How to create a sunset watercolor painting was the topic for my Monday watercolor class this week. Â For this work I chose a sunset scene with lots of warm colors and interesting reflections.
The reference photo was provided by my friend Robyn Lovelock and is of Lake Bonney in South Australia, close to the borders of Victoria and New South Wales.
I chose this photo reference for my class for a number of reasons:
Firstly we had just completed a work which was predominately green and I wanted my students to have experience with a work with very little or no green in it.
Secondly this photo required very little editing to turn it into a nice watercolor painting.
Thirdly I wanted to teach them how to capture the light in a beautiful sunset.
Finally I could show my students how to tackle soft water reflections in barely damp paper. If not done at just the right time you can end up with unwanted backruns or cauliflowers. On the other hand if you wait too long you end up with hard edges which would not look right for this watery scene.
Very little prior drawing was done for this watercolor painting. In fact the only drawing was of a horizontal line representing the distant shoreline.
Painting design decisions
I made a number of decisions about the design of my watercolor painting at this point:
I placed the distant shoreline lower than in the photo to keep it well away from the center of the work.
I also decided to leave out the diagonal shore in the foreground as well as the tree on the left hand edge of the photo. They did not add to the painting and the hard edge of the diagonal would have acted to lead the eye out of the painting rather than keeping it in it.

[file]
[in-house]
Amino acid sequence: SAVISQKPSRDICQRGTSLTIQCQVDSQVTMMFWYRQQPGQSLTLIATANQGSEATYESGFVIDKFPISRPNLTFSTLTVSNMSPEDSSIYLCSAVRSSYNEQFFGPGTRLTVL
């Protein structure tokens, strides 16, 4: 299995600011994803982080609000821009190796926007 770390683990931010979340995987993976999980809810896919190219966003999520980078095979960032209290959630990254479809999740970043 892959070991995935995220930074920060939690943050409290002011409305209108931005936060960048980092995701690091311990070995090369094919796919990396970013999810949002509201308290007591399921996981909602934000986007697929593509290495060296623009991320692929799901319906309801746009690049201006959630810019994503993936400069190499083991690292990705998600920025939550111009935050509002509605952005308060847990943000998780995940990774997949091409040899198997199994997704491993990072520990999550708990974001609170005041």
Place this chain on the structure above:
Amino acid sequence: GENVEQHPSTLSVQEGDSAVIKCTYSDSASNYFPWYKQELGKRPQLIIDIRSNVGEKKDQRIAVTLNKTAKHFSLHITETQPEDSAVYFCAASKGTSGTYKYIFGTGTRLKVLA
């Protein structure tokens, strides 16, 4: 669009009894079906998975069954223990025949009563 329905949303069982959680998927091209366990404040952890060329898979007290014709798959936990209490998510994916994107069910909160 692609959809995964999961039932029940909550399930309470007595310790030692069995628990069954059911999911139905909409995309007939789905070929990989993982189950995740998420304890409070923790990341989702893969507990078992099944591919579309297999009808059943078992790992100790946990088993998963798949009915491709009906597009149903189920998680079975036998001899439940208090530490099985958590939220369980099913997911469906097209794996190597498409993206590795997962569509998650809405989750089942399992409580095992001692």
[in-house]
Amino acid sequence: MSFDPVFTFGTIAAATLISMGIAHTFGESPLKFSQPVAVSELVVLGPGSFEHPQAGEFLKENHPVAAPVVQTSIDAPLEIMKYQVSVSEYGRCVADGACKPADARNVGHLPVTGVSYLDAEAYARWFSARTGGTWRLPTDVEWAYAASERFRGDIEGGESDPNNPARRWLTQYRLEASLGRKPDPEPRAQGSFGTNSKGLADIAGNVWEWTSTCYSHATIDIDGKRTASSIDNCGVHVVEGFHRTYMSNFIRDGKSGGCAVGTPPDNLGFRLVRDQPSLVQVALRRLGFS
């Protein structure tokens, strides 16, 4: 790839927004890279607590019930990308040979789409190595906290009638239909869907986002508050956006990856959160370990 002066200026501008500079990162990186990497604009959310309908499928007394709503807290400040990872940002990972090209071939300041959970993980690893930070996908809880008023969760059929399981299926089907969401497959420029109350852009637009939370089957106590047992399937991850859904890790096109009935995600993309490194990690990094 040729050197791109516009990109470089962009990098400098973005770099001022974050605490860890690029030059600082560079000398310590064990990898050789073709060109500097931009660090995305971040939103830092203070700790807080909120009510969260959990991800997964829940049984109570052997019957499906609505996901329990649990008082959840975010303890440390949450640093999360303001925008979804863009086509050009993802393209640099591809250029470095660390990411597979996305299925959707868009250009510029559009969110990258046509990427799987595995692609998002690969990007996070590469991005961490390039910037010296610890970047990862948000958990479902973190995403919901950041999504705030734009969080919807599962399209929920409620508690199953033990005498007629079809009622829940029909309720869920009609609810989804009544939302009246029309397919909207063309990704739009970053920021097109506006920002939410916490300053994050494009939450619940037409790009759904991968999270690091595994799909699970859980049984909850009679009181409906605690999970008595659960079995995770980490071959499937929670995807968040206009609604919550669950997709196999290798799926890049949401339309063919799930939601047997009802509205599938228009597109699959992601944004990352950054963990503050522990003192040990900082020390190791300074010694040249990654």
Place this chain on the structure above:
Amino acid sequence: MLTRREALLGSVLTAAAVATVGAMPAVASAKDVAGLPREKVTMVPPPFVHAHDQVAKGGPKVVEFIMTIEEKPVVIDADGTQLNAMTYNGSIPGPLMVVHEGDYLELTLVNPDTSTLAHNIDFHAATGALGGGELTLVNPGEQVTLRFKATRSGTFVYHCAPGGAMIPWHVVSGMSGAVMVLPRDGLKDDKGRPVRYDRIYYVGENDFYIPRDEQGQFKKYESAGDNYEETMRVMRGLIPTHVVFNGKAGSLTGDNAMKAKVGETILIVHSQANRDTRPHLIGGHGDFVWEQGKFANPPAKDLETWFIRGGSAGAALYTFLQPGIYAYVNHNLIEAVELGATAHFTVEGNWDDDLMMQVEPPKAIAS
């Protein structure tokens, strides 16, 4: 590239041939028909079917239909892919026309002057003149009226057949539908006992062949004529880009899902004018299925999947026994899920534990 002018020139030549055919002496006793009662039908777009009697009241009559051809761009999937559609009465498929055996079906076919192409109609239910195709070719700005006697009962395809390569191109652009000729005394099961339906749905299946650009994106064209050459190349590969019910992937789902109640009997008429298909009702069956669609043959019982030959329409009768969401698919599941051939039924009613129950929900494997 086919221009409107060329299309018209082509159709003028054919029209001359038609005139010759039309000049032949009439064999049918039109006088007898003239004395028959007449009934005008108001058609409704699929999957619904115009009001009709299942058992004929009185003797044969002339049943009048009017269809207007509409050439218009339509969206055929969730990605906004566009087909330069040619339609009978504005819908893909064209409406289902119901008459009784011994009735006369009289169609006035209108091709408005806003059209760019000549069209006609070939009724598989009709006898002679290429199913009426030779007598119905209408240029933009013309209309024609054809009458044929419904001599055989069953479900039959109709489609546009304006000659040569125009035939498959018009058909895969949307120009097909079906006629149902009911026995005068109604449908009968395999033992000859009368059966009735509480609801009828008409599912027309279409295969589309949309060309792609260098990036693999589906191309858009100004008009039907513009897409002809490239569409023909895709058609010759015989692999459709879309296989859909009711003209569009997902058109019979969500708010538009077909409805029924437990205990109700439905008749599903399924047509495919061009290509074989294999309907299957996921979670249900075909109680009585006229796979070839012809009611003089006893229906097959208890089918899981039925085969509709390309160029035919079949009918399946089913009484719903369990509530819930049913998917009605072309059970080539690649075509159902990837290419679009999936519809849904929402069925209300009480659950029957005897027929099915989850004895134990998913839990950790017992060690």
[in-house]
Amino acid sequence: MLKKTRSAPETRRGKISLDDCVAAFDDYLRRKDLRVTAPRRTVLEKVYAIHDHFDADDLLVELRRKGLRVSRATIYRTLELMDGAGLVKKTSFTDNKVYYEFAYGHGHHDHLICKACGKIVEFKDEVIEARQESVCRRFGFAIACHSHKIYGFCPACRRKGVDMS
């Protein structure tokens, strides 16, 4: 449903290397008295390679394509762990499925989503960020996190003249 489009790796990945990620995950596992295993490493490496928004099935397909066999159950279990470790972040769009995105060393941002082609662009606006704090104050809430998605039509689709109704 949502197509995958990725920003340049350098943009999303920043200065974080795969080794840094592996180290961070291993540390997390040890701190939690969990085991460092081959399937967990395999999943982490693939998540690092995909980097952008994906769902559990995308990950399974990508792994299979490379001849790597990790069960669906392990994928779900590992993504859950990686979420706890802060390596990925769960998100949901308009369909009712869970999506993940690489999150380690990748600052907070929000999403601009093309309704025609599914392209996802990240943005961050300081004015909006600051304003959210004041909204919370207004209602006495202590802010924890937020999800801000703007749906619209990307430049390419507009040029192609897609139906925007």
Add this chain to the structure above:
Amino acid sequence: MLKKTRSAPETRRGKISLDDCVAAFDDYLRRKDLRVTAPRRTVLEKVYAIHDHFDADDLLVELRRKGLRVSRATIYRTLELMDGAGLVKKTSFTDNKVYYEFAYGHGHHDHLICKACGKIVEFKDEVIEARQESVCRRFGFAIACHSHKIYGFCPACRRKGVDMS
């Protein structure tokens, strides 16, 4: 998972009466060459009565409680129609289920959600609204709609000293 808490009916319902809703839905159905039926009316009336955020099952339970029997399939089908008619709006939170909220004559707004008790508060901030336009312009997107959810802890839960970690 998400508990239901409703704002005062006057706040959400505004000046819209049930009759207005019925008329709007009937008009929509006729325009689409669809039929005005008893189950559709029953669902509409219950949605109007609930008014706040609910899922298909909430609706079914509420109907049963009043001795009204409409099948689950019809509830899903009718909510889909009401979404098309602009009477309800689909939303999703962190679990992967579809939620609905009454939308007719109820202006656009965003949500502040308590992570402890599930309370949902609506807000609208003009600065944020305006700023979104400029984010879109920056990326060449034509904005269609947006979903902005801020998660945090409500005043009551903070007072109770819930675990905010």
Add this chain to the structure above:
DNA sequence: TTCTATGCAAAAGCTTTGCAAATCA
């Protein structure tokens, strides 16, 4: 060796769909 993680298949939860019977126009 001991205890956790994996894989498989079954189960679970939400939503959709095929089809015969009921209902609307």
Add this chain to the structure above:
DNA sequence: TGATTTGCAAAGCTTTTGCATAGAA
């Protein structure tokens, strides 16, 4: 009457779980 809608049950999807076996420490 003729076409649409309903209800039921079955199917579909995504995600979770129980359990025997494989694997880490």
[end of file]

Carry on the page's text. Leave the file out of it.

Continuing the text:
I moved the position of the sun to the left for a more pleasing balance.
When I paint a scene like this I never slavishly try to paint everything that is in a photo – if I wanted to do that then I would just frame the photo. As artists we have the ability to extract the essence of an image and hopefully improve on it.
Brief steps for painting this watercolor
The sky was painted with the board held in a portrait position so that the water colors would flow parallel to the horizon line. Otherwise if I painted this with the board in a normal landscape position I risked all the colors flowing down into one another.
I made sure to leave some of the paper untouched where the sun is positioned. This gives my painting the greatest light.
I left the sky to dry fully.
I then painted the distant tree line running some of the dead tree trunks into the water (this is why they are dead).
Again I let this dry fully.
Finally I painted the water with horizontal brush strokes. Water reflections are a little duller than the object they are reflecting, in this case the sky.
While the lake area of our scene is still quite wet- the shine is still on the paper, I dropped in the soft edged reflections of the distant bushes and trees. The after it had lost its shine I used a small brush with a good point, and very little water to paint the soft edged reflections of the dead trees in the foreground. It is a good idea to practice this on a scrap piece of watercolor paper till you get the timing right. When you practice something like this make sure you use the same paper as the watercolor paper of your painting.
The sky is usually the lightest part of your painting – better too light than too dark.
If you paint your sky to strong a tone then you will have to paint other parts of your painting even stronger which will reduce theÂ transparencyÂ of your painting i.e. if it your paint has to go on too thick to retain its correct tonal relationship amongst its various parts.
This is a simple and maybe obvious point but it is still very important.